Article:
Deep Dive ActionView

 

What is Action View?

 

“In Rails, web requests are handled by Action Controller and Action View. Typically, Action Controller is concerned with communicating with the database and performing CRUD actions where necessary. Action View is then responsible for compiling the response.”

 

“To avoid cluttering the templates with boilerplate code, a number of helper classes provide common behavior for forms, dates, and strings. It’s also easy to add new helpers to your application as it evolves.”

 

Let’s assume we don’t run the easy controller generator, instead I’m doing it manually:

 

class GuidesController < ApplicationController

def book

blablbla

end

end

 

The reason why I did it manually is, to understand how rails is mapping controller and view alltogether.

Inside of the Guides Controller I created an action. Now how Rails works is that it firstly looks for a Guides directory under views, if it finds it, it’s looking into the actions. I created a book action, so Rails is looking for a book.html.erb file inside the Guides directory.

 

Now to get whats inside the book action for example:


def book

@book = ['harry potter', 'lord of the rings', 'the hobbit']

end

 

we use embedded ruby code like this:

<% %> and <%= %>

 

The difference between those is fairly simple.

<% %> only processes the ruby code and doesn’t show it to the user, wheareas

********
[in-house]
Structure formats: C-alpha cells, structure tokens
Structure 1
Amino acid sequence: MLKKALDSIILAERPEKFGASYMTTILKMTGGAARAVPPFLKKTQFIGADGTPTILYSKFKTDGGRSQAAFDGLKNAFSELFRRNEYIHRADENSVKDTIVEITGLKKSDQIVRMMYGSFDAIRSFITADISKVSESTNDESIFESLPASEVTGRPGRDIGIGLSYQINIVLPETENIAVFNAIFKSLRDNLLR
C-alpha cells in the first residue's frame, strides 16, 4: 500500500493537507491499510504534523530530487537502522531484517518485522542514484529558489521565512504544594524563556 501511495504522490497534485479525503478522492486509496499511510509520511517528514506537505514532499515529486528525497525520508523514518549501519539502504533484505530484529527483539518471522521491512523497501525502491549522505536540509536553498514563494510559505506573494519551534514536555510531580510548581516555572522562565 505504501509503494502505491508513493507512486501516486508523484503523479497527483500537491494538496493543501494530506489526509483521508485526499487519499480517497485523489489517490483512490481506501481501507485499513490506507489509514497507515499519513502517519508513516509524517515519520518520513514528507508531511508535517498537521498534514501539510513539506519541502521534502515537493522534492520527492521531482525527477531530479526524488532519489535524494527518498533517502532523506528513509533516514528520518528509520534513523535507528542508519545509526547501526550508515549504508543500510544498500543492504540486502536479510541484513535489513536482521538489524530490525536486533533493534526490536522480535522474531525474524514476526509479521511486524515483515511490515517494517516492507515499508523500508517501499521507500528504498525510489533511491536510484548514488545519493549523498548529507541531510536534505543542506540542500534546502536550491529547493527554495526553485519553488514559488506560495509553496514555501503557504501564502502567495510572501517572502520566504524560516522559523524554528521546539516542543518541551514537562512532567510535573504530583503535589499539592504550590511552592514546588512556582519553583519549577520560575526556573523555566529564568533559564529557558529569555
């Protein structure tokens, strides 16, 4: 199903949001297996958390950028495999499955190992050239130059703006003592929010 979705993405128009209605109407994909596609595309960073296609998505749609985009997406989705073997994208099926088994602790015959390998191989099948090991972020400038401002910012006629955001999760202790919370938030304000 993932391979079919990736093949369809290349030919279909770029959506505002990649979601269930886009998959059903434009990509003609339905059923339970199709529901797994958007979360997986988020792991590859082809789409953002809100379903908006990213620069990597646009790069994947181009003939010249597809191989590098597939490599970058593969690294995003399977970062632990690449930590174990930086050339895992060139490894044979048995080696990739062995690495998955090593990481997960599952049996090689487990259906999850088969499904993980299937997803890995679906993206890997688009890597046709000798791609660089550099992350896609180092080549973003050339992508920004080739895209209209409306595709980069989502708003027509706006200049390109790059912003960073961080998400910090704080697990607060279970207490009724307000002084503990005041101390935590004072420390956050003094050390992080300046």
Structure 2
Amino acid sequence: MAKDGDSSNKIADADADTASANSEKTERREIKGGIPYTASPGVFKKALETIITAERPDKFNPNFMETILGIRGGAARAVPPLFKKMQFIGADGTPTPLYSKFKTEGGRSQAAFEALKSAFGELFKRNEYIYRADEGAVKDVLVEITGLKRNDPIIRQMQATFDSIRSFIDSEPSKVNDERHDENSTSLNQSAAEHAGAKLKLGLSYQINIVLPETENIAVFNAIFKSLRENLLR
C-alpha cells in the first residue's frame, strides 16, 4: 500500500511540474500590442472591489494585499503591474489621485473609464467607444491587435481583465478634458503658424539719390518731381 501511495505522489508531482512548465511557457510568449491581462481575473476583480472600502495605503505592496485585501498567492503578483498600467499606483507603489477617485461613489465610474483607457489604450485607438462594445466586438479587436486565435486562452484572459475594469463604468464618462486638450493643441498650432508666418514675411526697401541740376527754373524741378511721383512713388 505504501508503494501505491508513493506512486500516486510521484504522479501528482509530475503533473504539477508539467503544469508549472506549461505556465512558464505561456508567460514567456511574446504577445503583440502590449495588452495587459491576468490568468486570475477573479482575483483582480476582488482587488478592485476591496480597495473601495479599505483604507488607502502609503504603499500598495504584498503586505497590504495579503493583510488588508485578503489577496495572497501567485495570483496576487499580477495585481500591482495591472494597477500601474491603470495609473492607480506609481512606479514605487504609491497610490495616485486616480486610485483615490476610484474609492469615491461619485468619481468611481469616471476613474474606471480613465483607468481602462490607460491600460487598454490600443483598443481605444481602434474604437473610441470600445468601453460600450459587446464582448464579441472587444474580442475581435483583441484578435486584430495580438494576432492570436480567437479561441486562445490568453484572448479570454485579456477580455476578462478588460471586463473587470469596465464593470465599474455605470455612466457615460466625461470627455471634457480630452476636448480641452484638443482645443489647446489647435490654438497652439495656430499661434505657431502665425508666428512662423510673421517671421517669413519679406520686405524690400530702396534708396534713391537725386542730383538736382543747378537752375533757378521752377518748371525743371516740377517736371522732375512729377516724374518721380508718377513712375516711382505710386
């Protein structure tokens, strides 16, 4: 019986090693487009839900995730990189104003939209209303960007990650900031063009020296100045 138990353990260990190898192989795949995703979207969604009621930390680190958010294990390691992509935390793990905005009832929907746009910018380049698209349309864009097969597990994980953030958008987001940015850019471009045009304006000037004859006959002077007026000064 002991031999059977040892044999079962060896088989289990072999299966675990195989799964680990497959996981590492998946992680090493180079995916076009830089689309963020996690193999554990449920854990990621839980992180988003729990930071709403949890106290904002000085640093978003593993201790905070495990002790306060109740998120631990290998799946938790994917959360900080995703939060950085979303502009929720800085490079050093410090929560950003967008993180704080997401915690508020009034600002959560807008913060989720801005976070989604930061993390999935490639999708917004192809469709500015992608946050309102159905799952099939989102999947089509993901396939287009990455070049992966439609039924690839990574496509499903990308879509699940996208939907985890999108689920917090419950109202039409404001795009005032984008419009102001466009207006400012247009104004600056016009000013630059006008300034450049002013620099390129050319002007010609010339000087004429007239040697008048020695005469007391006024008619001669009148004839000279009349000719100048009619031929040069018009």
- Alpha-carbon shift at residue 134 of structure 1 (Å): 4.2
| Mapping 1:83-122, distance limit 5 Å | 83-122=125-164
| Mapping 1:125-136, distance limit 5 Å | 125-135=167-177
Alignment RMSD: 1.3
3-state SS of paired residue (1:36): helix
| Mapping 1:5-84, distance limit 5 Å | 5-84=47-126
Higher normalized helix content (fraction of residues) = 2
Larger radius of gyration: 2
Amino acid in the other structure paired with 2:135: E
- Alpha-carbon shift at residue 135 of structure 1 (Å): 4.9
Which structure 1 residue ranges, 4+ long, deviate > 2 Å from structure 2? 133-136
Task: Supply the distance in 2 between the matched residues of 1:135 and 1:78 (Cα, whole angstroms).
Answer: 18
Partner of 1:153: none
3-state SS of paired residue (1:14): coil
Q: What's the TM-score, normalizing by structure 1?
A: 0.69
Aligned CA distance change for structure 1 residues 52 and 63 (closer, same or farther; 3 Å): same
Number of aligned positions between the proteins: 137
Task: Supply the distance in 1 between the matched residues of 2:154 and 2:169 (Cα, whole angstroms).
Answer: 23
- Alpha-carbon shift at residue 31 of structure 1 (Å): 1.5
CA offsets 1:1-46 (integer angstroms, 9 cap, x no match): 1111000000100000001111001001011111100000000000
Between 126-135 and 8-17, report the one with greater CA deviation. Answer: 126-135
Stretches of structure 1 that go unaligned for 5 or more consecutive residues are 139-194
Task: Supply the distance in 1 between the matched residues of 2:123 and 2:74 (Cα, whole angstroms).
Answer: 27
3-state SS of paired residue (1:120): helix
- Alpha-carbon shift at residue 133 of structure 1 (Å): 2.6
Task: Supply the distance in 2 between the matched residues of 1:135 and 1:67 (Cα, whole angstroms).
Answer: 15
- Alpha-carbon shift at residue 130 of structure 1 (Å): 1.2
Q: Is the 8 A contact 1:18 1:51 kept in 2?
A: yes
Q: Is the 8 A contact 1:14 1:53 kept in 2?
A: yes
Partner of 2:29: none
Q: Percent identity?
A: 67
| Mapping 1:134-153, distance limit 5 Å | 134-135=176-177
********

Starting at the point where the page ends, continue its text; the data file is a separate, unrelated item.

<%= %>prints the data out.

 


<% @book.each do |b| %> #processing data, iterating through each book

<%= b %>

#priting it out

<% end %>

 

Leverage partials in a different way

 

Let’s say we have a collection of blog entrys all cluttered up in our page. We want our users to easly distinguish blog posts from another. A way would be the append a <hr> tag after the form.

Another, a better way way would be to use what’s called a spacer template:

 

<div>

<%= render partial: @blogs, spacer_template:  'blog_ruler' %>

</div>

 

and creating a blog_ruler template in our blogs category with:

 

<hr>

 

Using the spacer template is not only better practice. If we would use <hr> after our form, it would print a line out even after the last blog post on the page, what is not only looking bad but is easily avoided by an easy partial.

 

 

 

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